In this article, the authors locate examples of solidarity in the structures and practices of two educational institutions in Northern California. Applying a taxonomy of solidarity drawn from Gaztambide-Fernández (2012) to two schools’ responses to Covid-19, the authors delineate serendipitous acts of solidarity from intentional and deliberate solidarity praxes that have been deepened during the pandemic. This article sheds light on possibilities to reimagine educational solidarity post-Covid in order to further the process of humanizing education and advancing greater equity and justice.
In this essay I am addressing the question of whether solidarity is something that can be taught. It is based on experiences from my field research on NGOs working on education in the West African Republic of Benin and in Germany. What does it need for someone to become solidary, and what does it take to grasp the politics of solidarity? What happens to solidarity when it is instrumentalized, when solidarity campaigns are transformed into a ‘competition of care’? I understand solidarity to be first and foremost about relating to others, from a certain power position, driven by a common cause, while acknowledging the differences between those who show solidarity, and those they show it for. Solidarity as a relational process is as much about oneself as it is about the other and the relation in between. Inspired by the pedagogy of resonance and ChangeWriters methods for relationship work, I argue that as an educational practice and subject, solidarity needs to be experienced, reflected on, shared, discussed, and thus understood in its personal and political dimensions. For this to happen on a larger scale, we would not only need to let go of an instrumental vision of solidarity, but also of an instrumental vision of education.
This essay details the processes through which English universities reinforce existing social class divisions while at the same time extending access for populations that had historically been excluded from universities. Practices commonly referred to within higher education policy as ‘widening participation’ that purport to show solidarity with previously excluded student populations, we argue, function to maintain not diminish inequalities. While the meritocratic ideals underpinning the social mobility narrative of widening participation encourage economic and employment aspirations as prime motivations for applying and entering university, widening participation has not coincided with meaningful mobility. Through an analysis of major shifts in higher education policy, we argue that categorisations of the ‘disadvantaged’ student are manufactured to assist universities to fund and legitimate themselves as vehicles of social mobility. In this context, we argue that a precarious legitimacy exists because social mobility operates within a wider culture of embedded class privilege, and this is constantly managed by state regulatory frameworks which reshape and repurpose universities to fit a neoliberal meritocratic image of the larger society and the role of universities within it. Ideas of ‘disadvantage’ service solidarity not with the ‘disadvantaged’ but with educational service providers, as they offer a target for the promotion of neoliberal meritocracy. In the course of this, class differentials are reinforced by channeling ‘disadvantaged’ and ‘advantaged’ students into different niches of the labour market, preserving existing inequalities, and sorting graduates into winners and losers.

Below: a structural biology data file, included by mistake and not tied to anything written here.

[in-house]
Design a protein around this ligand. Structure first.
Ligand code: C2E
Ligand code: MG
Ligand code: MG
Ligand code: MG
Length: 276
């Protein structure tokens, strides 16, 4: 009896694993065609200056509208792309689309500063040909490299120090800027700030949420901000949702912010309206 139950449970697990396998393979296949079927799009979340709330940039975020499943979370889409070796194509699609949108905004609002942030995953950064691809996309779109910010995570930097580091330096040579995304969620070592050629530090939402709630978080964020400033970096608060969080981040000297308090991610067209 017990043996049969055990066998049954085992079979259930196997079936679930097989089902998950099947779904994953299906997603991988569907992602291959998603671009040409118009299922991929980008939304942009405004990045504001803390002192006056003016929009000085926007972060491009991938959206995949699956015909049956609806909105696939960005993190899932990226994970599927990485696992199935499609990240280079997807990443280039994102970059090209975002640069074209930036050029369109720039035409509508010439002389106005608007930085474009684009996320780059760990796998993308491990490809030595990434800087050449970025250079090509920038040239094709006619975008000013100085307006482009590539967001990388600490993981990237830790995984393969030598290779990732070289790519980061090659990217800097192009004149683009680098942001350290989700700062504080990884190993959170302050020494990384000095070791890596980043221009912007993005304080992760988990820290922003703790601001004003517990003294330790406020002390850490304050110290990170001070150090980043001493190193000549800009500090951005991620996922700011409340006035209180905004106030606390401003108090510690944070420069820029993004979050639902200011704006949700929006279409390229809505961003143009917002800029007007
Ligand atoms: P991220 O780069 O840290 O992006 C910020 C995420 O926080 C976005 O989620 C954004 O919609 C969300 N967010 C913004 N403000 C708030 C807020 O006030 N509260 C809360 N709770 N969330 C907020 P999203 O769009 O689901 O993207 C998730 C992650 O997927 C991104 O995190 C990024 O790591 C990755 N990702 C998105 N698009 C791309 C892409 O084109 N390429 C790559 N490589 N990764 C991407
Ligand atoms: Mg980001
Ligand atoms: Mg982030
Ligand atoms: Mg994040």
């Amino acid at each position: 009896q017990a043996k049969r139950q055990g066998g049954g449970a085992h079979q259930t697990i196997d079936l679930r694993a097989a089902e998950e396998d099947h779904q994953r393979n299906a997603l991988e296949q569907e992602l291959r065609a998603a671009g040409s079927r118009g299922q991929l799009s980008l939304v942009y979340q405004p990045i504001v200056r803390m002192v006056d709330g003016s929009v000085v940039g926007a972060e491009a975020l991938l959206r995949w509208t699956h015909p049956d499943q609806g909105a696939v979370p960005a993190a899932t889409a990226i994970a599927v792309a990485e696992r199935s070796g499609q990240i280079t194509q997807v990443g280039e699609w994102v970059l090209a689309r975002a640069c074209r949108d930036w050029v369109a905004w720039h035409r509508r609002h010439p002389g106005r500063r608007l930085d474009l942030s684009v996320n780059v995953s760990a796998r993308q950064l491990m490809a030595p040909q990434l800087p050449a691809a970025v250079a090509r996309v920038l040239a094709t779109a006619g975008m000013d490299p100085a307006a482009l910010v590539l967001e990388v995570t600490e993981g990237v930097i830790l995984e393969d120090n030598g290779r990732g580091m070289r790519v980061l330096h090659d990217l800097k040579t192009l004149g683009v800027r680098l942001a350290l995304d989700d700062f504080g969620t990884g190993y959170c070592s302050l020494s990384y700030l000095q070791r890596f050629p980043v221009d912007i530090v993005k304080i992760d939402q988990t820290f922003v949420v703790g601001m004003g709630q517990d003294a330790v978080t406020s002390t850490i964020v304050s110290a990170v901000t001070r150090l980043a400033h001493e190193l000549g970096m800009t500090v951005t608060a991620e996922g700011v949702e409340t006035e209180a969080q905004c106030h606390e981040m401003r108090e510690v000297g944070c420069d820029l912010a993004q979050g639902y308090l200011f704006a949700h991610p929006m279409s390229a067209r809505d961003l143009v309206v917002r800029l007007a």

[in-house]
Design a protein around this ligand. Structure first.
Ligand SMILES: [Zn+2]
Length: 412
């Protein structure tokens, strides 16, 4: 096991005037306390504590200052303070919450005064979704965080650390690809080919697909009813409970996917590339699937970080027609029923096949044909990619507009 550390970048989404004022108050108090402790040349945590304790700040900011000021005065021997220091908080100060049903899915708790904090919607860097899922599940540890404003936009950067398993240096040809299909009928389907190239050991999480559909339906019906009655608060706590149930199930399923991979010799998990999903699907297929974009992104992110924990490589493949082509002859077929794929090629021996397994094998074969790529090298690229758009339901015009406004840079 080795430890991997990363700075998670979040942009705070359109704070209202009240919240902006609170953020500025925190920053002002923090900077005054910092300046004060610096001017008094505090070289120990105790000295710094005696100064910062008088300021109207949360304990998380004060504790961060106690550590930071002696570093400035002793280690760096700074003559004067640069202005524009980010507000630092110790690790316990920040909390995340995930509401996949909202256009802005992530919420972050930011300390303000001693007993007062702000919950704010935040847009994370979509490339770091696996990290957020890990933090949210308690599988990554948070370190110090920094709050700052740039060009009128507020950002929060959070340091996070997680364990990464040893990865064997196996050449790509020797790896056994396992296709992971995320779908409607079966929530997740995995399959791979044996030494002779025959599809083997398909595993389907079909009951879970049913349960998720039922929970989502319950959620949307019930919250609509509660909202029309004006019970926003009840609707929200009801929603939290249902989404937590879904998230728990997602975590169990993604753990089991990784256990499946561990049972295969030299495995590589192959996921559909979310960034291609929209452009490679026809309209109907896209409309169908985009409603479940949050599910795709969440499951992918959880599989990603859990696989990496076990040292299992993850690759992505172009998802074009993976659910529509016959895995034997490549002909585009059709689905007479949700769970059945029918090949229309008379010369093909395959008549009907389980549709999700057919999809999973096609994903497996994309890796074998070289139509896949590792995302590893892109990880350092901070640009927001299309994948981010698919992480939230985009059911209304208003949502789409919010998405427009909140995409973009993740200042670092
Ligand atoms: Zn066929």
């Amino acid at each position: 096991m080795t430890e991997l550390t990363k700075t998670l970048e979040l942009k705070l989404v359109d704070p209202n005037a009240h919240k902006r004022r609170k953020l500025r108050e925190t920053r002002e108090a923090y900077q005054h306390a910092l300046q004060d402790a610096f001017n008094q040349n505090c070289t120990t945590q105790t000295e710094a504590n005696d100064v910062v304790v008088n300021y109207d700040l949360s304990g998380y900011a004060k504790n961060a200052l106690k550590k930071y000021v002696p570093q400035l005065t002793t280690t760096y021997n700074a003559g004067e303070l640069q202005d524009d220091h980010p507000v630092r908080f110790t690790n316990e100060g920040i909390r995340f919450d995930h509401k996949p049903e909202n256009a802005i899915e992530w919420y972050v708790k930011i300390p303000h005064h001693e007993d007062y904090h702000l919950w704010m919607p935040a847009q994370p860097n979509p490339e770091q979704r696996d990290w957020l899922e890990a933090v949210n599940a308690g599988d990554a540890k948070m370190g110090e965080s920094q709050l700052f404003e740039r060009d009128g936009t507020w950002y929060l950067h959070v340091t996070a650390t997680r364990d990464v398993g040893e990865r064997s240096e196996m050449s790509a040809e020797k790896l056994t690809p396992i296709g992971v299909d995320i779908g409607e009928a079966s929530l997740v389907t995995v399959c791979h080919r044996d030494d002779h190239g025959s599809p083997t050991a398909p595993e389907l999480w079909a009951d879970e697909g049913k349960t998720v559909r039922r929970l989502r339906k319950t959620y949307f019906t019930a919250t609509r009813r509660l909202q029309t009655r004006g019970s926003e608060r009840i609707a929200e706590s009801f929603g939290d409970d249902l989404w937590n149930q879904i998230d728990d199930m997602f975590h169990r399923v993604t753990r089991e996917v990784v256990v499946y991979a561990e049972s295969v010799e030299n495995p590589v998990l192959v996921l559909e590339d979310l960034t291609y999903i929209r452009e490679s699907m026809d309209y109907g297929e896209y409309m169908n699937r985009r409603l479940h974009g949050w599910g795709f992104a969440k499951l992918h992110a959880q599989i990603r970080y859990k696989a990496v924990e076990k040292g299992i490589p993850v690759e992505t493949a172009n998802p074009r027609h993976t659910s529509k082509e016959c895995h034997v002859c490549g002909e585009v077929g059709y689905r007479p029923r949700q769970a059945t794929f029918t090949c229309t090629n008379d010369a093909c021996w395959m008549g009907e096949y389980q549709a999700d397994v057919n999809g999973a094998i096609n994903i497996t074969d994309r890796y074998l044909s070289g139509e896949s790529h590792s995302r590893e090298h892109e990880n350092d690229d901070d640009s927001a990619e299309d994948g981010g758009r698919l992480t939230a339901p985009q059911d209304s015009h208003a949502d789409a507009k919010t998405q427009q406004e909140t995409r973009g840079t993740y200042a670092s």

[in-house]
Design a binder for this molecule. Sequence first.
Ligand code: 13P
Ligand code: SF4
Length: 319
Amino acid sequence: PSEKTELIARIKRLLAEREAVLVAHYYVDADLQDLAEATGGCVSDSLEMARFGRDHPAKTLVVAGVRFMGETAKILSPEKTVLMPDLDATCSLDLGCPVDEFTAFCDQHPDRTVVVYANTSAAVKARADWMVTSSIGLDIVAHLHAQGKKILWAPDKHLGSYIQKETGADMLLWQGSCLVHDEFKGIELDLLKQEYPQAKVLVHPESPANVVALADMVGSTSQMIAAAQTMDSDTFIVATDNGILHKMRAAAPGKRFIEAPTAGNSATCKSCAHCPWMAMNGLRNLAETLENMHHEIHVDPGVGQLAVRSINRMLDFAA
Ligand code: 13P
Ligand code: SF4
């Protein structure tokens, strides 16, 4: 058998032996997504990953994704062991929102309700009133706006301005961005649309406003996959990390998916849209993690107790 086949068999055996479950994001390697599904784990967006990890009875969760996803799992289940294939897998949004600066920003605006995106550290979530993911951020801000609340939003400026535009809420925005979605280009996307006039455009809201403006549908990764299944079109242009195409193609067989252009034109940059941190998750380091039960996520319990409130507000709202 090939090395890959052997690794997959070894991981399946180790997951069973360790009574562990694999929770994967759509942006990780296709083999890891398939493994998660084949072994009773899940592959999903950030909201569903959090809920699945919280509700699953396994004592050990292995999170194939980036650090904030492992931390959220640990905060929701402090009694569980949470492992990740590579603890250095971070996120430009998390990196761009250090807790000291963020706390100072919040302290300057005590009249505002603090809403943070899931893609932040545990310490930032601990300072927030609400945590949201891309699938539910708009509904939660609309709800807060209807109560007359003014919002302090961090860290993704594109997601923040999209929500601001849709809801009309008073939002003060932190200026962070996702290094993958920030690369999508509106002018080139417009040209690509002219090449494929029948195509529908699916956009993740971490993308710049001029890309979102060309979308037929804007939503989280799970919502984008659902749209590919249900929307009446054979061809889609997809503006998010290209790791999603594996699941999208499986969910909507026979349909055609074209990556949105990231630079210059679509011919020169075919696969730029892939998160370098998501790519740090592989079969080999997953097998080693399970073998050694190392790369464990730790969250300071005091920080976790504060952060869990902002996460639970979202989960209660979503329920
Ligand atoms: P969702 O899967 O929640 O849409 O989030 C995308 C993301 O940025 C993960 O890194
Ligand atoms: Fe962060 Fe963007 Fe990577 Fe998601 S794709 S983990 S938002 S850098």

Solidarity is a complex, abstract, multifaceted concept that may be unpacked and used in a variety of situations, ranging from socio-economic and political contexts to the currently salient pandemic context. Defining solidarity, either in theory or in practice, requires connections to other less abstract ideas, which are more familiar to people. In this paper, I examine the way in which the concept of solidarity is defined and explained in a Romanian social studies textbook for 6th graders. My analysis focuses on two metaphorical framings of solidarity found in the textbook, namely ‘solidarity as exchange’ and ‘solidarity as assistance’. I discuss these examples of metaphors of solidarity in the context of broader discussions surrounding the construction of the intercultural society (of which solidarity is a crucial value) in textbooks.
This paper analyses the solidarity relations among European Union (EU) member states in the first phase of the COVID-19 pandemic of 2020. The pandemic affected European countries differently and also questioned the problem-solving capacity of the EU in such an unprecedented crisis. Based on the European solidarity tracker data collected by the European Council for Foreign Relations, I reconstruct the solidarity relations between the member states. I demonstrate that the EU receives most of the solidarity attention from almost all member states. Moreover, publicly declaring solidarity and showing actions of solidarity are closely linked to each other in this time period. Experiencing and observing the pandemic across Europe has crucial implications on how solidarity as relation can be taught, included in future curricula, and discussed between teachers and students.